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Phenotypic flexibility as key factor in the human nutrition and health relationship

van Ommen, Ben; van der Greef, Jan; Ordovas, Jose Maria; Daniel, Hannelore

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PMID: 25106484 PMCID: PMC4172643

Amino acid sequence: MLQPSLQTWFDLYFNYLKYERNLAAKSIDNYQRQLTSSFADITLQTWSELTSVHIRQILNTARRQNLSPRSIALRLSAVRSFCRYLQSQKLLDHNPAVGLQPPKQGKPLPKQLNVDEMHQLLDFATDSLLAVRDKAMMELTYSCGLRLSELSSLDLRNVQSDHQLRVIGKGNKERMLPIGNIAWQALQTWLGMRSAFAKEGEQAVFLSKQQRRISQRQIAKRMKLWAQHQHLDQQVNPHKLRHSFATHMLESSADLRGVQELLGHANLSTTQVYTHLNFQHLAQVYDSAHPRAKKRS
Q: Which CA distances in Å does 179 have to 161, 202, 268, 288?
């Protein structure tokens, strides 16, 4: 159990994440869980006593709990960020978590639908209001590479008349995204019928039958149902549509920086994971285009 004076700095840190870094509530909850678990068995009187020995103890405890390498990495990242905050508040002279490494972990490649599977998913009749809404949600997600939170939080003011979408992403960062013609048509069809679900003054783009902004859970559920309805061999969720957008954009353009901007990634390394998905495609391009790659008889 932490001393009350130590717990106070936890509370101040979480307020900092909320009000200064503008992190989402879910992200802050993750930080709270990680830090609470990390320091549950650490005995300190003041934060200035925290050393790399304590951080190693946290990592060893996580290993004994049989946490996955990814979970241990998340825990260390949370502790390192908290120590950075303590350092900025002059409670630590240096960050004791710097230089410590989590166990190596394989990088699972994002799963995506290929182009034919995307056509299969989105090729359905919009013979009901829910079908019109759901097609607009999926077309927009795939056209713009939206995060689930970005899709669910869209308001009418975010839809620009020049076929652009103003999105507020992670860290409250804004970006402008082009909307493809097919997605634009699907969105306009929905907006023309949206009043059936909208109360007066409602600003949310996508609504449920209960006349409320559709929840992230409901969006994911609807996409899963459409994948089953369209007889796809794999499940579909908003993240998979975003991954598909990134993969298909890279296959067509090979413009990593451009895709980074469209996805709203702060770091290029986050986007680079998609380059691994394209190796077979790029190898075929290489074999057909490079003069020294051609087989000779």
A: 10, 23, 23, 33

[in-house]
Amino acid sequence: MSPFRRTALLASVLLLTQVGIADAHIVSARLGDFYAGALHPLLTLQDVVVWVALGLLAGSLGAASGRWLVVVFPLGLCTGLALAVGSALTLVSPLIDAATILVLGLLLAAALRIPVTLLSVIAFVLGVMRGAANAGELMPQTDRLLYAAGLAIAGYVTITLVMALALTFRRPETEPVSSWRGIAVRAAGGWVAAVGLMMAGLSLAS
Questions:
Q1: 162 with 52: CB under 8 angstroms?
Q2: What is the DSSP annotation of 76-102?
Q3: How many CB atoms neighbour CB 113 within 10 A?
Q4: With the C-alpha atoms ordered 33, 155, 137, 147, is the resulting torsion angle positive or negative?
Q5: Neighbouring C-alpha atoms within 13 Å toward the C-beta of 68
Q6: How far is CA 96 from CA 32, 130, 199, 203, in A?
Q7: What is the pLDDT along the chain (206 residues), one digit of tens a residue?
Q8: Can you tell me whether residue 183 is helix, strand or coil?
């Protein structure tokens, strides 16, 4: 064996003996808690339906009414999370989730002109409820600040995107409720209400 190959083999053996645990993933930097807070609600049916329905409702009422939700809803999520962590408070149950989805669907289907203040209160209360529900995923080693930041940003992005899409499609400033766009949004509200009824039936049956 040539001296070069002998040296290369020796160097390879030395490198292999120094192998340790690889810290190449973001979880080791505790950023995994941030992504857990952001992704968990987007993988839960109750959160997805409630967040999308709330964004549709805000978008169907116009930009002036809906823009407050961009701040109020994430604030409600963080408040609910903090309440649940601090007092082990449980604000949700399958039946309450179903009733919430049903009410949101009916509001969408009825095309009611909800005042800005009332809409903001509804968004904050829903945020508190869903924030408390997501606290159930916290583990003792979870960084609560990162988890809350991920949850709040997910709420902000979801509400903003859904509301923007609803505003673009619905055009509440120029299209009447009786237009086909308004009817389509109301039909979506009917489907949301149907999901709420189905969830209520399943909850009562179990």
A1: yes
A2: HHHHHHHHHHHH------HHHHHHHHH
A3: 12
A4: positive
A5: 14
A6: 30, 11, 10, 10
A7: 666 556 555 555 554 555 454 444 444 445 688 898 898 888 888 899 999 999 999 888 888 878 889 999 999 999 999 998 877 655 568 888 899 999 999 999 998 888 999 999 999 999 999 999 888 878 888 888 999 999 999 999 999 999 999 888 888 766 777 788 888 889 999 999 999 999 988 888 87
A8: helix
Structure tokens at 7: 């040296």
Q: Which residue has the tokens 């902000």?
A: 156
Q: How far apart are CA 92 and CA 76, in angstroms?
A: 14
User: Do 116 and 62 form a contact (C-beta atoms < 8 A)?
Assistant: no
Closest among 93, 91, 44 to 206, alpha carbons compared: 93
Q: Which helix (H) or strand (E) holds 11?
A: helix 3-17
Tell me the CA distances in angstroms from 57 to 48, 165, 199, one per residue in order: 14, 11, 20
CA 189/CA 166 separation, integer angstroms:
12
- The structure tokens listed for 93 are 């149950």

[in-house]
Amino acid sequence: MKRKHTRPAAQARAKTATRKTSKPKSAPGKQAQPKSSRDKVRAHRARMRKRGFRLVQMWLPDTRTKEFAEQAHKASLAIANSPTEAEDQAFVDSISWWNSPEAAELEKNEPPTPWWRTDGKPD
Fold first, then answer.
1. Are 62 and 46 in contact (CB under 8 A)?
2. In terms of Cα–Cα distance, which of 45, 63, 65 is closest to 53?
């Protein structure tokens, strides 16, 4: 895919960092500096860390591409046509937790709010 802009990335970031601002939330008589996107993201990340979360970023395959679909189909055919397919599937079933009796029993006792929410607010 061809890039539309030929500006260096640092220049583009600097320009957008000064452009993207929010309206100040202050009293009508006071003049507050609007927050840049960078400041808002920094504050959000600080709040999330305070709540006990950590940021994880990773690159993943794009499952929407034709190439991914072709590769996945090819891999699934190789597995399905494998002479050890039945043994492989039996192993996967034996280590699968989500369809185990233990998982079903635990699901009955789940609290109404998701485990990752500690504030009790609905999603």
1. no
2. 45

Metabolic adaptation to a disturbance of homeostasis is determined by a series of interconnected physiological processes and molecular mechanisms that can be followed in space (i.e., different organs or organelles) and in time. The amplitudes of these responses of this "systems flexibility network" determine to what extent the individual can adequately react to external challenges of varying nature and thus determine the individual's health status and disease predisposition. Connected pathways and regulatory networks act as "adaptive response systems" with metabolic and inflammatory processes as a core-but embedded into psycho-neuro-endocrine control mechanisms that in their totality define the phenotypic flexibility in an individual. Optimal metabolic health is thus the orchestration of all mechanisms and processes that maintain this flexibility in an organism as a phenotype. Consequently, onset of many chronic metabolic diseases results from impairment or even loss of flexibility in parts of the system. This also means that metabolic diseases need to be diagnosed and treated from a systems perspective referring to a "systems medicine" approach. This requires a far better understanding of the mechanisms involved in maintaining, optimizing and restoring phenotypic flexibility. Although a loss of flexibility in a specific part of the network may promote pathologies, this not necessarily takes place in the same part because the system compensates. Diagnosis at systems level therefore needs the quantification of the response reactions of all relevant parts of the phenotypic flexibility system. This can be achieved by disturbing the homeostatic system by any challenge from extended fasting, to intensive exercise or a caloric overload.

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